Meta-analyses reporting sex differences in personality and emotion or cross-cultural analyses that report significant sex differences often include samples of thousands of cases, while smaller studies conducted with n = 100 or n = 50 may fail to report sex differences for the same variables, even though means and standard deviations for these variables are similar across studies. This is because large sample sizes are associated with greater power in statistical hypothesis testing than small ones. Power is defined as the ability to reject correctly the null hypothesis (i.e., reject it when this hypothesis is wrong in the population), and power rises in proportion to the square root of sample size n. If sex differences in personality and emotion were large, then the null hypothesis of equality could be rejected with the use of relatively small samples, but if the differences are small (and it has been demonstrated several times that they are), the null hypothesis of equality of the sexes could not be rejected in small-n projects without sufficient power.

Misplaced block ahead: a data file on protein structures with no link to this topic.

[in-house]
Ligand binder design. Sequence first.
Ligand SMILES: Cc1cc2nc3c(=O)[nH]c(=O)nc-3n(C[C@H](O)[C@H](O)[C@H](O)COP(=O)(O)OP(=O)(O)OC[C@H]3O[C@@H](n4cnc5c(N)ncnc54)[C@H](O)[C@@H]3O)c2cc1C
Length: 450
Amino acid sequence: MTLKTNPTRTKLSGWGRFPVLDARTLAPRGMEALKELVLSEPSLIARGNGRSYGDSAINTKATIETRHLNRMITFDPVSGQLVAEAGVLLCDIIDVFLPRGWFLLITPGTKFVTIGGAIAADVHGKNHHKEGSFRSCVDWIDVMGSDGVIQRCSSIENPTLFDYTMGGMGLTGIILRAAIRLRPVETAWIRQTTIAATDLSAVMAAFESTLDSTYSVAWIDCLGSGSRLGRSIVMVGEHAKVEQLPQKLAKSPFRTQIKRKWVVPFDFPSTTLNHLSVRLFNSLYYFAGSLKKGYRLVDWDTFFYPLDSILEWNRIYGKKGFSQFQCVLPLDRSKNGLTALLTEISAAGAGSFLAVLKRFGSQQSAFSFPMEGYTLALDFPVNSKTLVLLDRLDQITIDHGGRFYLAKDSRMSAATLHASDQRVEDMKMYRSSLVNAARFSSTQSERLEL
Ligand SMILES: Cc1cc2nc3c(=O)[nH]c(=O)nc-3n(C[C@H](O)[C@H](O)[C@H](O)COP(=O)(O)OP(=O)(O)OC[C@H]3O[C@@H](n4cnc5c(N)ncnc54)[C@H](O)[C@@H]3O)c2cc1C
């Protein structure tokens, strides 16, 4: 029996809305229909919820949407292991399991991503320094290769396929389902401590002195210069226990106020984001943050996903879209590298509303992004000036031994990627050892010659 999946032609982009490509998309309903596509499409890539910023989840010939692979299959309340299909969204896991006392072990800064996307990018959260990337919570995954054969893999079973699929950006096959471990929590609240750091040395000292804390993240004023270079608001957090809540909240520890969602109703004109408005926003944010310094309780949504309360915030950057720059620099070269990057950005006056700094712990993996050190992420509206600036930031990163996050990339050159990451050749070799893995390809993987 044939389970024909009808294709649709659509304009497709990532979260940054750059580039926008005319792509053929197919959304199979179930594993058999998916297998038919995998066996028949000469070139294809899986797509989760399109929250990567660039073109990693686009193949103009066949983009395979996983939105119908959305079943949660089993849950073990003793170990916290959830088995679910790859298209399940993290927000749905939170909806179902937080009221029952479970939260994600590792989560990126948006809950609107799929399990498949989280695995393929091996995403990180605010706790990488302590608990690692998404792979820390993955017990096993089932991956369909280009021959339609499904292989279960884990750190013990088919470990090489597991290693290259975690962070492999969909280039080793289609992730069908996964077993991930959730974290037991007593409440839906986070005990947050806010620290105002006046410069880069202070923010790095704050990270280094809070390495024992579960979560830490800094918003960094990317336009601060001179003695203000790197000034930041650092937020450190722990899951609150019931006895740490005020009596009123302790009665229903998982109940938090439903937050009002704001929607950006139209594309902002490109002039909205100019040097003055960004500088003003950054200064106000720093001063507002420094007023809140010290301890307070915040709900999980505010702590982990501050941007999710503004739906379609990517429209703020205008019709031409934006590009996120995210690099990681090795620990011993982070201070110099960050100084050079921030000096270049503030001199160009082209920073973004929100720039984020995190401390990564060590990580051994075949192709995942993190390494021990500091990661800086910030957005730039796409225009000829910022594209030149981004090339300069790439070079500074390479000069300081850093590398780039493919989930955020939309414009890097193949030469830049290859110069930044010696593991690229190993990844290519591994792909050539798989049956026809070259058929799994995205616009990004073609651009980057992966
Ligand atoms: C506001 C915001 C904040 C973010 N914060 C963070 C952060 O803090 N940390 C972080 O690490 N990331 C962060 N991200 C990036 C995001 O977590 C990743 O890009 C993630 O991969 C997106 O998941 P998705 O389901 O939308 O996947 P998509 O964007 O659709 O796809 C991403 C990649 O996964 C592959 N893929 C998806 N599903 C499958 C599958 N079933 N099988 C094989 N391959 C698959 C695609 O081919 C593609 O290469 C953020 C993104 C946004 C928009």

Not rejecting the null is not equivalent to proving that two groups are equal, and a lack of power raises the researcher's risk of committing a type II error (failing to reject the null when the null is false in the population).
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